Table of Contents  
LETTER TO THE EDITOR
Year : 2013  |  Volume : 6  |  Issue : 3  |  Page : 346-347  

Surgical treatment of thoracic outlet syndrome


Service of Neurosurgery, University Hospital Center "Mother Theresa", Tirana, Albania

Date of Web Publication5-Jul-2013

Correspondence Address:
Ridvan Alimehmeti
Service of Neurosurgery, University Hospital Center "Mother Theresa", Dibra Street, 370, Tirana, Albania, Southeastern Europe

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Source of Support: None, Conflict of Interest: None


DOI: 10.4103/0975-2870.114666

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How to cite this article:
Alimehmeti R, Dashi F, Demneri M, Petrela M. Surgical treatment of thoracic outlet syndrome. Med J DY Patil Univ 2013;6:346-7

How to cite this URL:
Alimehmeti R, Dashi F, Demneri M, Petrela M. Surgical treatment of thoracic outlet syndrome. Med J DY Patil Univ [serial online] 2013 [cited 2021 Apr 20];6:346-7. Available from: https://www.mjdrdypu.org/text.asp?2013/6/3/346/114666

Sir,

We would like to make some observations with reference to the interesting article of Mohamed et al. [1] and share our experience which we think, would complete the conclusions of the article on this specific topic.

Thoracic outlet syndrome (TOS) is complex and controversial for its diagnosis, surgical indications, and techniques.

Like all other entrapment syndromes TOS usually presents a first irritative stage that may develop toward a second lesional stage.

We often see irritative TOS alone or in association with myofascial pain or other entrapment syndromes of the homolateral hemisoma. Many fibromyalgic patients develop irritative TOS as well.

According to our experience, we share the belief that the incidence of TOS is approximately 1/million inhabitants annually. [2]

Our surgical series of neurogenic TOS includes prevalently young females with intrinsic hand muscles dystrophy and sensitive deficit along the distribution of lower primary trunk. [3] In most of the cases, we found cervical rib or tapered elongated C7 transverse process with muscle and fibrous fibers from its tip to the first rib behaving like a cervical rib. Neurovascular conflict between subclavian artery and lower, and sometime middle, primary trunks has been revealed. These two structures are often found adherent to each other and elevated by the obstacle (cervical rib, fibro-muscular band) from underneath entrapping them in a smaller scalene triangle. The anterior scalene muscle most of the time is hypertrophic with taught fibers of its fascia in the postero-lateral portion, which is in contact with the brachial plexus. The pulsation of the artery is transmitted to the nerves. To our experience, this is the scenario of true neurologic TOS. We have always adapted a supraclavicuar approach (10 cm linear incision parallel to the clavicle), removal of cervical rib, or fibrous bands, and postero-lateral anterior scalenotomy, separation of artery from nervous structures. Post-operative improvement has been referred by all these patients. Only in case of recent history, we saw recovery of intrinsic hand muscles. We do not operate irritative TOS in lack of clinical sensory or motor deficit in order to avoid failure, which in our belief is encountered mostly with first rib resection. [4]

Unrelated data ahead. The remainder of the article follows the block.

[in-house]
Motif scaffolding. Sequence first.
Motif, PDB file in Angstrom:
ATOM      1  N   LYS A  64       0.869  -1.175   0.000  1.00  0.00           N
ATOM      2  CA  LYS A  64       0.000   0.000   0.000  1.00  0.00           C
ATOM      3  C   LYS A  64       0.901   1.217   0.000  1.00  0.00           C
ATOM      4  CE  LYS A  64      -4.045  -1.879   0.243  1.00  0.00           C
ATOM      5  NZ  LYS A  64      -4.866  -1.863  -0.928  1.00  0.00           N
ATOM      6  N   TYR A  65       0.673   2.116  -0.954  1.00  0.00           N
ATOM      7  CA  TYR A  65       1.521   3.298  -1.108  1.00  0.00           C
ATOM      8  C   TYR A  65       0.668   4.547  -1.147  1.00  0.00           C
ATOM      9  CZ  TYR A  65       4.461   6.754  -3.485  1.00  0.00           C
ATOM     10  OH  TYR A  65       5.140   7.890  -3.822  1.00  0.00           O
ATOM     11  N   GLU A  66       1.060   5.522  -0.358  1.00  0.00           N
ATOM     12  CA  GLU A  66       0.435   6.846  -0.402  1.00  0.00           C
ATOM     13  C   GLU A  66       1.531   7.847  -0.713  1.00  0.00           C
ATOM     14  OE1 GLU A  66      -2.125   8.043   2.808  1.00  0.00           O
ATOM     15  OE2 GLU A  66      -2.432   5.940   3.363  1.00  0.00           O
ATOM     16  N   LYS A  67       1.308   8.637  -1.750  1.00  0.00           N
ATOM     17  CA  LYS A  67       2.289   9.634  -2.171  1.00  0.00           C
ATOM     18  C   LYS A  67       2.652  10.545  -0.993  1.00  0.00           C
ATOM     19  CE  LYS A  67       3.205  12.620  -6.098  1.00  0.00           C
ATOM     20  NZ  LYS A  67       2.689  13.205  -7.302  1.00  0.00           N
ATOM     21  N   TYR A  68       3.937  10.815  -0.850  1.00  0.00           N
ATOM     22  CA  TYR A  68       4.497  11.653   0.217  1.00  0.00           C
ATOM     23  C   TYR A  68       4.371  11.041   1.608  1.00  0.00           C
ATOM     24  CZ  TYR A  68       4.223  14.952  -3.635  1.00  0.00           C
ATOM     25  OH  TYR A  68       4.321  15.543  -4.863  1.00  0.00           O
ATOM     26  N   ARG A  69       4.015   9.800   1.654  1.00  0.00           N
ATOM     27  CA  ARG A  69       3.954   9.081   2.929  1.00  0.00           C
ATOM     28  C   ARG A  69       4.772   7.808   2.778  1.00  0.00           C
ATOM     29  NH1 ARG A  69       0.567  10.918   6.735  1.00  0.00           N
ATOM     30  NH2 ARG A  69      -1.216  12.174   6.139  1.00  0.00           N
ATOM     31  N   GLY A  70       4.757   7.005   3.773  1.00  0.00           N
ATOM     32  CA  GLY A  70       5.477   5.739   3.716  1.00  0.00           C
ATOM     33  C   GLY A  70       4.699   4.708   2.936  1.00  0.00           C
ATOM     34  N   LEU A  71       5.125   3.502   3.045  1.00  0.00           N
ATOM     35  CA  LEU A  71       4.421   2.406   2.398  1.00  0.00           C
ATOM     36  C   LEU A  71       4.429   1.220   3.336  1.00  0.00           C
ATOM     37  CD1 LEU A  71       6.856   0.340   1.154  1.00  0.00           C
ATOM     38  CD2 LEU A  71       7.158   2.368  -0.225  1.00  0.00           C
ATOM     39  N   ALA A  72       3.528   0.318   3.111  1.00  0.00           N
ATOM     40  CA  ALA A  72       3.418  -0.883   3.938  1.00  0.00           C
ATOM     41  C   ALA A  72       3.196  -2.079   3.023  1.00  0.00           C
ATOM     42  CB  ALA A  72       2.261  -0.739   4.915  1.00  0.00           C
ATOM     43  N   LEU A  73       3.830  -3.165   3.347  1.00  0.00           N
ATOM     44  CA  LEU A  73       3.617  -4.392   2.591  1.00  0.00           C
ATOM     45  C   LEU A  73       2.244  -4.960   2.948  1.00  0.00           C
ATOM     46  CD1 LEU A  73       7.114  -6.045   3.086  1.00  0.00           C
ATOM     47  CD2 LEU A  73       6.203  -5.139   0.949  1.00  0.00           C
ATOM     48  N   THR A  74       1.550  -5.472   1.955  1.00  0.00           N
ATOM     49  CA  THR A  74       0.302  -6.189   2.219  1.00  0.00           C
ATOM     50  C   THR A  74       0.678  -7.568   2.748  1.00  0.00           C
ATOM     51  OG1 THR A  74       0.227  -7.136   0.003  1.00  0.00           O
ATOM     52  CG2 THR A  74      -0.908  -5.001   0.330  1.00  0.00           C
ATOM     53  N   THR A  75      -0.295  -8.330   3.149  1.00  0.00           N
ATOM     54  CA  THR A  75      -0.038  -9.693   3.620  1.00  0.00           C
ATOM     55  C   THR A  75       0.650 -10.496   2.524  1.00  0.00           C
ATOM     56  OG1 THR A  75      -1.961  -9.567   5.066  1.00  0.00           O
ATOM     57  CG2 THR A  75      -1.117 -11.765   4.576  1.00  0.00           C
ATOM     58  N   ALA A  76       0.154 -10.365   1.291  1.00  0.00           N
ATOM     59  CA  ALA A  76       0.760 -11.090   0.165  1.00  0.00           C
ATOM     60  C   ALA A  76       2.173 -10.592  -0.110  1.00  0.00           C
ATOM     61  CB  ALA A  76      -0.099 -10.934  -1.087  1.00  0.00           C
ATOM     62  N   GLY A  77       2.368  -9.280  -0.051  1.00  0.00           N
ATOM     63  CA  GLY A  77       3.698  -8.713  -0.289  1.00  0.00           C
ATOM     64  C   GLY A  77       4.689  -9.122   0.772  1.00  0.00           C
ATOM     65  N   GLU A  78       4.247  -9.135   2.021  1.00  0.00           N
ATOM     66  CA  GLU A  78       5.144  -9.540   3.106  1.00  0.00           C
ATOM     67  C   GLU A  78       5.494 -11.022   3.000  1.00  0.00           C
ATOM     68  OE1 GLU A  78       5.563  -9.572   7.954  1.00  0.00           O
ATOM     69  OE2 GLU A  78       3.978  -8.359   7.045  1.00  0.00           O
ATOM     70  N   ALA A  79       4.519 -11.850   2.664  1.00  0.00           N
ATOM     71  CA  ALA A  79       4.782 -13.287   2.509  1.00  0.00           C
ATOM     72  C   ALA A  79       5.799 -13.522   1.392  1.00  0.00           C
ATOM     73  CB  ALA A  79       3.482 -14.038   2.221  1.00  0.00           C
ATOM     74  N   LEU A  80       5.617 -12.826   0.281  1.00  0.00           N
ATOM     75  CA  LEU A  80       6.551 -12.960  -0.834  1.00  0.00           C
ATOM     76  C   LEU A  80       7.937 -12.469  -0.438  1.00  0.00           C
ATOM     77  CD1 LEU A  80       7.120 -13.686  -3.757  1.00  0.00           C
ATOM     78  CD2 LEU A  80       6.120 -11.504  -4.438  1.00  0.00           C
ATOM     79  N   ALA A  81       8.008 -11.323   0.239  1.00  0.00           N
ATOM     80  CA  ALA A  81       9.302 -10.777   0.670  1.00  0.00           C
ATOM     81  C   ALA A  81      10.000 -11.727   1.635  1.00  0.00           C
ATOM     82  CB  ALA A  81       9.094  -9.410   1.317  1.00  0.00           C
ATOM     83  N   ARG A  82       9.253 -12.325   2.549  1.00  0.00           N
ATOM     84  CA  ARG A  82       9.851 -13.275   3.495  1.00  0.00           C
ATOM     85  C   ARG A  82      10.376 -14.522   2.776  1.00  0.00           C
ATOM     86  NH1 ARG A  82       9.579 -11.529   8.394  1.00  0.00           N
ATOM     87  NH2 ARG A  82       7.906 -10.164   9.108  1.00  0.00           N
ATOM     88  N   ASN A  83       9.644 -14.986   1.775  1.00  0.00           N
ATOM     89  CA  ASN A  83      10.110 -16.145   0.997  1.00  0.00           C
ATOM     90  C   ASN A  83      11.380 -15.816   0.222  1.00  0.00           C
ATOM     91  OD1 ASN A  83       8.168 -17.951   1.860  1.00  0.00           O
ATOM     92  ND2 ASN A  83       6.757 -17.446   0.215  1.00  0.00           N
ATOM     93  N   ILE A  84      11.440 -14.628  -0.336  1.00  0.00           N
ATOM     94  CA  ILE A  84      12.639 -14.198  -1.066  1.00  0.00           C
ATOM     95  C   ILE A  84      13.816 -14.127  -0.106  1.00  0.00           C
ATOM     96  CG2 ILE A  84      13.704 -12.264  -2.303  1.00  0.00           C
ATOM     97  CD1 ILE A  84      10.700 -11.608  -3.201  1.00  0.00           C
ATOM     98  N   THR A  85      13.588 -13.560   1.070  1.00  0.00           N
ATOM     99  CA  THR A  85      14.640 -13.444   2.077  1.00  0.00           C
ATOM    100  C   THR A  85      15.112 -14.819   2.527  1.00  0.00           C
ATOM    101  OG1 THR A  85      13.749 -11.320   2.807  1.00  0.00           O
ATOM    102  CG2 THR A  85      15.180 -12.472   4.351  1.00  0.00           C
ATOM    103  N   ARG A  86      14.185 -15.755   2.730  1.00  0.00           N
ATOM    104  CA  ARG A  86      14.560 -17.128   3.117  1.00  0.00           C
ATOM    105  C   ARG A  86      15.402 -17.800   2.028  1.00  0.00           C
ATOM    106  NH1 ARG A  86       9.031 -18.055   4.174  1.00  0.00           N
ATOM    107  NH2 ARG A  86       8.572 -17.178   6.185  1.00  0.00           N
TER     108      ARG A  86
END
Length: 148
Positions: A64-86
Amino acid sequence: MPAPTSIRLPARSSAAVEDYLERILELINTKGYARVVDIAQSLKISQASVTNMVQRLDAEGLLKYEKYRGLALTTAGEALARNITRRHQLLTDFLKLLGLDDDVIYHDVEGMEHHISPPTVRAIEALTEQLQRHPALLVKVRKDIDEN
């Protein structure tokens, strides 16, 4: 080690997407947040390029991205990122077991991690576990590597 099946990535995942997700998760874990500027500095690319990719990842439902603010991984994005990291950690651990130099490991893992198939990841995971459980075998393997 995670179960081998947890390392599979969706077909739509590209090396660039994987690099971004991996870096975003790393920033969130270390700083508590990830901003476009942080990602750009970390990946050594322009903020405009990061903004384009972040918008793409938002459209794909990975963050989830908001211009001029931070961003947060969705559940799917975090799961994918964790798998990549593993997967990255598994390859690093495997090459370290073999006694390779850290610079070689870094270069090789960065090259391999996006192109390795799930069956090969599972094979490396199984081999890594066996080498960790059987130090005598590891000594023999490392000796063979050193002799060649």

In our experience, electrophysiological study of TOS consists in revealing several abnormalities that suggest an axonal loss pattern such as a low compound motor action potential in both median and ulnar nerves, preferentially affecting the median-innervated thenar muscles (abductor policis brevis) rather than hypothenar muscles (adductor digiti minimi) with normal or relative reduction of distal latencies or conduction velocities, a reduction of sensory nerve action potential (SNAP) of ulnar nerve in the fourth and fifth digits, a markedly reduced or a complete loss of the SNAP of the medial antebrachial cutaneous nerve, and a prolongation of F waves. Needle electromyography abnormalities are found in median-more than ulnar-innervated C8-T1 muscles and less so in radial-innervated C8 muscles. Since, a trans-lesional conduction velocity is not possible to measure with the standard electroneurography techniques because of anatomical reasons, it is unclear in which way conduction velocity only, is able to suggest the diagnosis or utilized as a follow-up parameter of TOS in surgical patients.

 
  References Top

1.Mohamed OA, Hassan HM, El Samouly HM. Surgical treatment of thoracic outlet syndrome; by supraclavicular approach. Med J DY Patil Univ 2012;5:101-5.  Back to cited text no. 1
  Medknow Journal  
2.Birch R. Thoracic outlet syndrome. In: Surgical disorders of the peripheral nerves. 2 nd ed. London: Springer Verlag; 2011. p. 275-80.  Back to cited text no. 2
    
3.Alimehmeti R, Crotti F, Seferi A, Rroji A, Petrela M. La sindrome dell'egresso toracico. Nostra esperienza chirurgica. 58 th Congress of Italian Society of Neurosurgery, 16 October 2009. Lecce, Italy: Abstracts Book. p. 186.  Back to cited text no. 3
    
4.Deane L, Giele H, Johnson K. Thoracic outlet syndrome. BMJ 2012;345:e7373.  Back to cited text no. 4
    




 

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